Yes. I am Vegan. I don’t think it should ever be about comparing though. People do what they can when they are moved to.


Thank you.


So the Internet says. I have also read on My Plastic Free Life aka Beth Terry, that they are not. And that you shouldn’t put them in your compost. Whether they are “edible” or not, I don’t want that in my body. Maybe you can tell me if they are. Eat a lot of them and poop and then tell me if they show up in your poop or not. 


I took my one year of hardcore zero wasteness seriously. Almost too seriously. You are correct that buying fruit out of season and not local is not that sustainable. Trying to be zero waste does not mean you are perfect, as I have admitted to many times in this post and many others. The larger quantities you buy, yes the more sustainable that can be, but also the more you waste, should it go bad. I buy what I need now.


You caught me. I do drive a car. So I am a horrible zero waster. Both my cars I have purchased have been old. My first lasted me 3 years. I have a car because I work for myself and have to travel to many locations with camera equipment or art supplies in order to survive and feed my child. I can not be perfect. At least I have not purchased a brand new car, ever. Buying new, unless possibly a hybrid or electric, is worse for the environment. 


I use my entire face to wipe my butt. My whole entire face. Actually, I use these


Everything that has happened now is a result of someone copying someone else. In fact, you’ve actually just copied a previous comment. Artists do it all the time. So do Writers. Monkeys copy. So if we must copy something, I agree with Lainey Marie.


I do not make shaving soap, though my friend has made some for men. I just use bar soap that my friend makes and water.


The only juice I have bought was 100% not from concentrate cranberry juice to relieve a bladder infection and it was in a glass bottle. Otherwise, I make my own juice using a blender or just drink water. . 


I would never refuse any medicine that I needed in order to live a happy life. I have definitely bought Advil once and once I was prescribed something to help me breath due to asthma. Being perfectly zero waste is impossible, I agree. 


I just shouldn’t be pooping… interesting. I think if I never pooped, I would definitely be famous. As it stands right now, I am not. And that is because I poop.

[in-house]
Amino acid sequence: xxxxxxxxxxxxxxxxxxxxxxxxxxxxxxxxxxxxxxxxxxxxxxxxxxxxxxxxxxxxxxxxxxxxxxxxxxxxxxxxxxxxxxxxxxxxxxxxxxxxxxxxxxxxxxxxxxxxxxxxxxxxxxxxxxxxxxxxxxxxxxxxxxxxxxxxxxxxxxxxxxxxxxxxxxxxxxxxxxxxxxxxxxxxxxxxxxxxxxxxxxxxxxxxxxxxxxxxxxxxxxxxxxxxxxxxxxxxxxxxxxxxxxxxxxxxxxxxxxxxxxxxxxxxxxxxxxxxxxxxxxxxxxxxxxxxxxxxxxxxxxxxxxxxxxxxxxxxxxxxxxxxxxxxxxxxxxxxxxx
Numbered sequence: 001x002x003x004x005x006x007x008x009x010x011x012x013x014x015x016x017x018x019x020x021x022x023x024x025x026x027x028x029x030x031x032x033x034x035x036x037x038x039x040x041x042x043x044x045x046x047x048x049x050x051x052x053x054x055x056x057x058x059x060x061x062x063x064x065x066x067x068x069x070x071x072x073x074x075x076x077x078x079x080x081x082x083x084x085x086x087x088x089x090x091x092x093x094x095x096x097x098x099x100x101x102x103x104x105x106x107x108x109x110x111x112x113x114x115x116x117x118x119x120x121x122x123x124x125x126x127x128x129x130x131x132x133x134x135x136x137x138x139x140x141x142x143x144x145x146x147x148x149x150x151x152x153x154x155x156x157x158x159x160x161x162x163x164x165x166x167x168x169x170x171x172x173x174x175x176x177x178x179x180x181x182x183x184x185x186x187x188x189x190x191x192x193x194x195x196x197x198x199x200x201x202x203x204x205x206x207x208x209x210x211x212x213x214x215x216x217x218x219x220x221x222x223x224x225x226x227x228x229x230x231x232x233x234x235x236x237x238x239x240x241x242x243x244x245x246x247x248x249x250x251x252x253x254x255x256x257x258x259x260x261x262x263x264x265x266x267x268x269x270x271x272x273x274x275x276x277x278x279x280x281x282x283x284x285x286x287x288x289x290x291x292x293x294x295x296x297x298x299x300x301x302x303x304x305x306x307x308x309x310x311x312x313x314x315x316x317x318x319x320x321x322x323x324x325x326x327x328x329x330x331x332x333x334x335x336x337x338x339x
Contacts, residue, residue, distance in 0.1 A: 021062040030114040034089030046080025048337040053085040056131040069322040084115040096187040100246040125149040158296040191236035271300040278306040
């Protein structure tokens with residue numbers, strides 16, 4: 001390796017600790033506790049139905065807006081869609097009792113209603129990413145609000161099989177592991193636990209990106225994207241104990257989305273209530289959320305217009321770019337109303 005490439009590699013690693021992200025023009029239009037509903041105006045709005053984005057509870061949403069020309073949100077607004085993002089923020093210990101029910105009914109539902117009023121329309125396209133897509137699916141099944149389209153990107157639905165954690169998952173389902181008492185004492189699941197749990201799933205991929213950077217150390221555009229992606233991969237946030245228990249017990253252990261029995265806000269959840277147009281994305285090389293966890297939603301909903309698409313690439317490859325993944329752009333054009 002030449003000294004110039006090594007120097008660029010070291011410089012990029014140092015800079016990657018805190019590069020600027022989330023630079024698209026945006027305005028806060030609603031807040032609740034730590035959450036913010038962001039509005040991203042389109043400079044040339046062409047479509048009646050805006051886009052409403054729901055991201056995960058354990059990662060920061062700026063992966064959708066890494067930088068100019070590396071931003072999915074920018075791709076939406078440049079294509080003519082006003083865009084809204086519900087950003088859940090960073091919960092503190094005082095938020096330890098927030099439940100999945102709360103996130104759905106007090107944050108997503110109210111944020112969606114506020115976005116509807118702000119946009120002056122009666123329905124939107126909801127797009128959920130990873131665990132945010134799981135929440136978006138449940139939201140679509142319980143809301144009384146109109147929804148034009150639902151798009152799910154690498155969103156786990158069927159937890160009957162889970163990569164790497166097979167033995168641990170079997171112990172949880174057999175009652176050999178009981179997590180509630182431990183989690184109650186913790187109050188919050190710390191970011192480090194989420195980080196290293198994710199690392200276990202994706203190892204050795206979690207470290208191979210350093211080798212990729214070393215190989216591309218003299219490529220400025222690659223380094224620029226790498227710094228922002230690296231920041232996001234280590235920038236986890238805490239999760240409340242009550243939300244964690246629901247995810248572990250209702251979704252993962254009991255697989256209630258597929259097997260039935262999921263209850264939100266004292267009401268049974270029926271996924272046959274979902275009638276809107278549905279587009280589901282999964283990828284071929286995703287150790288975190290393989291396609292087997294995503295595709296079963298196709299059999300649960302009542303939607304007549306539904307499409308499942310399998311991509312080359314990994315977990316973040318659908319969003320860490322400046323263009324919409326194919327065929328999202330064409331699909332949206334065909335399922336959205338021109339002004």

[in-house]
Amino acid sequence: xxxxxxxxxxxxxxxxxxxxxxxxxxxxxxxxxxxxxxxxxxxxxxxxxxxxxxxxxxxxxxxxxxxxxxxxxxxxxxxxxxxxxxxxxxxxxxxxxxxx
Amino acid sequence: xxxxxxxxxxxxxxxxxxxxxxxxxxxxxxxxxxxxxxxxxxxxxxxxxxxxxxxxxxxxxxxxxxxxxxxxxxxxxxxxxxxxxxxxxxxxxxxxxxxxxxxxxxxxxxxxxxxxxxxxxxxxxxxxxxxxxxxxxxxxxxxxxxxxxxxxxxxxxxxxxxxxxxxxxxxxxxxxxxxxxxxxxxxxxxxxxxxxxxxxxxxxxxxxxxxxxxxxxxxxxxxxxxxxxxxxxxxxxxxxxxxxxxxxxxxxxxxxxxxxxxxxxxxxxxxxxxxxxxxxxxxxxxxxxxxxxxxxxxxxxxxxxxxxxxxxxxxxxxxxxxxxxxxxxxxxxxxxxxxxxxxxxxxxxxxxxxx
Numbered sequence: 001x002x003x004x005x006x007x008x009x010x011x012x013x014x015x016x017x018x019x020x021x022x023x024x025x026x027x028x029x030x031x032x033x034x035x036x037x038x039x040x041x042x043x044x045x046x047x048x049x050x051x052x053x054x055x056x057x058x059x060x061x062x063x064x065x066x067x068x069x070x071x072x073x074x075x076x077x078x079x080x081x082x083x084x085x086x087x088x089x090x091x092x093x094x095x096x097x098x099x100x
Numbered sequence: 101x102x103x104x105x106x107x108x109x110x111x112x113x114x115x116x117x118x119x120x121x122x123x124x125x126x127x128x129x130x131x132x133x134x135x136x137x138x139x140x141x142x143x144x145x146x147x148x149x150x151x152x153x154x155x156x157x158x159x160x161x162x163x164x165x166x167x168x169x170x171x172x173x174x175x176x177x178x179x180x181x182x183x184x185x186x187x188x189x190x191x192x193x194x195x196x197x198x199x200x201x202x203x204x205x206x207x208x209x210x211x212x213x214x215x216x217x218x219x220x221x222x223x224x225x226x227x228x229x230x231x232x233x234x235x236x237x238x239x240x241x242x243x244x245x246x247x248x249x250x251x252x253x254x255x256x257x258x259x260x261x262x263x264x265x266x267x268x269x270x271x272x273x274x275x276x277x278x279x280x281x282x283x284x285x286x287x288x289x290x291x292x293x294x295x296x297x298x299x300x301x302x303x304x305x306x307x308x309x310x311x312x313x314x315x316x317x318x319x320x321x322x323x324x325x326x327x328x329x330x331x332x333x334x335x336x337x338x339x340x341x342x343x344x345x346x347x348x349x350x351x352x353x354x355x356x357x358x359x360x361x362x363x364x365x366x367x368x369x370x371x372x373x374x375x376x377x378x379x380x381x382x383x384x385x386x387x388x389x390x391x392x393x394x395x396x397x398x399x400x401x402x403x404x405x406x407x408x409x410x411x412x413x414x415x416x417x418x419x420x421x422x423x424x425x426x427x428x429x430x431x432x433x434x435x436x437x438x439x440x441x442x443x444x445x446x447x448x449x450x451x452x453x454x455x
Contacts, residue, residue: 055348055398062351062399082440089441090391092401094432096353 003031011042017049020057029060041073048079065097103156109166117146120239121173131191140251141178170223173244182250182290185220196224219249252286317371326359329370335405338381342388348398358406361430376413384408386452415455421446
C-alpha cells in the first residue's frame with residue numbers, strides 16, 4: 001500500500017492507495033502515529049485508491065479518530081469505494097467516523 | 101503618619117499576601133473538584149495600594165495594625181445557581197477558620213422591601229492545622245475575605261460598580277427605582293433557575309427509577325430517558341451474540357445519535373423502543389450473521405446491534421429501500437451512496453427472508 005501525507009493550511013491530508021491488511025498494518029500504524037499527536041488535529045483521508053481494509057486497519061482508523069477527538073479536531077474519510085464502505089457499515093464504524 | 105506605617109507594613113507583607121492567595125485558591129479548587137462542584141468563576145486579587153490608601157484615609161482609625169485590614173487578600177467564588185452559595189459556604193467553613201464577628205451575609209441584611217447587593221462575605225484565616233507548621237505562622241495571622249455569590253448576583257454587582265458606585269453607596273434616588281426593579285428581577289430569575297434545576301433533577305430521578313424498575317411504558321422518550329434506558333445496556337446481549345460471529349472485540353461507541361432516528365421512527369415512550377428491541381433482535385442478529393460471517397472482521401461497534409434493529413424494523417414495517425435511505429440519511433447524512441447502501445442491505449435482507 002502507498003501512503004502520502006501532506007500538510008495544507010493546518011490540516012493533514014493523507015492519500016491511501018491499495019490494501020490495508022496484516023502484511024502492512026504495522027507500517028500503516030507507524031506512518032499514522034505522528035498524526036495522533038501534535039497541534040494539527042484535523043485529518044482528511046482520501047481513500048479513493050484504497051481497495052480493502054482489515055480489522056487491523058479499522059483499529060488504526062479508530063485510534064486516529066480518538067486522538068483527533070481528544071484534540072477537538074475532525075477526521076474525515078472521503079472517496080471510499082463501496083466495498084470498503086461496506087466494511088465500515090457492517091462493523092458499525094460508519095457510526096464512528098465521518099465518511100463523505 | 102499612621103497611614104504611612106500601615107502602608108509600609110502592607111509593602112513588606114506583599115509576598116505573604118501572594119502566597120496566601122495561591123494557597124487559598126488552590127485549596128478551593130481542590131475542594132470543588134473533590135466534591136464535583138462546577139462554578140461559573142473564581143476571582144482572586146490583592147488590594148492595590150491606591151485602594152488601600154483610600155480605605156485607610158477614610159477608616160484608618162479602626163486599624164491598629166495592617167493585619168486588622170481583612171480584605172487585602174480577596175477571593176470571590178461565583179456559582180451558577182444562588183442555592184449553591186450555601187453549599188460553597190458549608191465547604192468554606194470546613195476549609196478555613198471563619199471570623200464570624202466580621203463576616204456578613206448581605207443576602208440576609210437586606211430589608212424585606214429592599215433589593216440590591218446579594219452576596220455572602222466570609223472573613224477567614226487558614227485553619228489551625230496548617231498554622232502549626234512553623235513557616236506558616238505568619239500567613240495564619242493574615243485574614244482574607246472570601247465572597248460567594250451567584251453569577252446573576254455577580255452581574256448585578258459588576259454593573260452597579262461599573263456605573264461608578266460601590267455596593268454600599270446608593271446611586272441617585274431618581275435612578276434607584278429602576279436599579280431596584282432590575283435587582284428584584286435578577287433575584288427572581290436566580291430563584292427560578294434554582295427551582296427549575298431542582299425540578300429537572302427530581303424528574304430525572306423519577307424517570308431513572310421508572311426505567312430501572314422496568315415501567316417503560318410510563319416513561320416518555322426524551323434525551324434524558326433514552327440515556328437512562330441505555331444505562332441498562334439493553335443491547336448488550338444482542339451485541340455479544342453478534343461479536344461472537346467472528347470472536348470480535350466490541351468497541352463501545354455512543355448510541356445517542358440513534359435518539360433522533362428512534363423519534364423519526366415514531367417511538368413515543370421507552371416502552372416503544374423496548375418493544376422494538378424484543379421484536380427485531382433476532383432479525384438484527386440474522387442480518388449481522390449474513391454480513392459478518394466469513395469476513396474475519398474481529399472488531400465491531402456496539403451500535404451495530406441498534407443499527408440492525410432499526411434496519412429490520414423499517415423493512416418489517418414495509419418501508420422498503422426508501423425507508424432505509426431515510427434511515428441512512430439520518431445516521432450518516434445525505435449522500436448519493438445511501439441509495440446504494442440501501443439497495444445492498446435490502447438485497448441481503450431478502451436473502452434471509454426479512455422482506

Simple 2 Ingredient Eyeliner



June 01, 2016:

I did it! I finally made my own eyeliner, and it’s vegan!  It was really easy. I have no idea why I procrastinated for about a month before finally making this.

Here’s how:


  • 1/4 tsp (or 4 capsules) Activated Charcoal
  • Distilled Water (I just used filtered, filtered by my Binchotan Charcoal Filter)


  1. In a clean bowl pour 1/4 tsp activated charcoal.
  2. Take about 2 drops of water (I used a wooden chopstick to drop and mix).
  3. Mix it up and continue slowly adding a few drops of water until charcoal is clumpy.
  4. Pour mixture into a small glass container or empty tin and pack down and smooth with your fingers.Make sure to use a clean pointed or angled brush when applying. Dampen the brush beforehand. You’ll notice it’s a little gritty, but that’s how activated charcoal is. Provided I don’t rub my eyes, this can last me all day and I’ve been using this for over a week now. Other recipes that used oil, I found didn’t stay on as long. But you let me know which works better for you!


    **Update (January 24, 2017) Now, I actually ONLY wet my brush and dip it into the container of powdered charcoal. I’ll take a little tiny bit of powder on the end of my wet brush and mix it together until it creates a paste before applying. 

INTERVIEW: Soap For Sale, the soap-making process


**Just a note: This is a post transferred from our other site written on June 20, 2016**

Hey everyone! I wanted to give a little bit more background into the wonderful world of our soaps that we sell here, handmade by our permaculture, nature loving Mama aka Jodi aka Soap For Sale.

When I first went no ‘poo (meaning I quit conventional shampoo) I panicked but finally quit messing around and started to use Jodi’s soap and I haven’t looked back since. I actually got over the huge hair hurdle, don’t even use conditioner anymore and barely have to think about what my hair is doing. The amazing hair days are back in full force and lucky for me, the kinds I LOVE are 100% Vegan.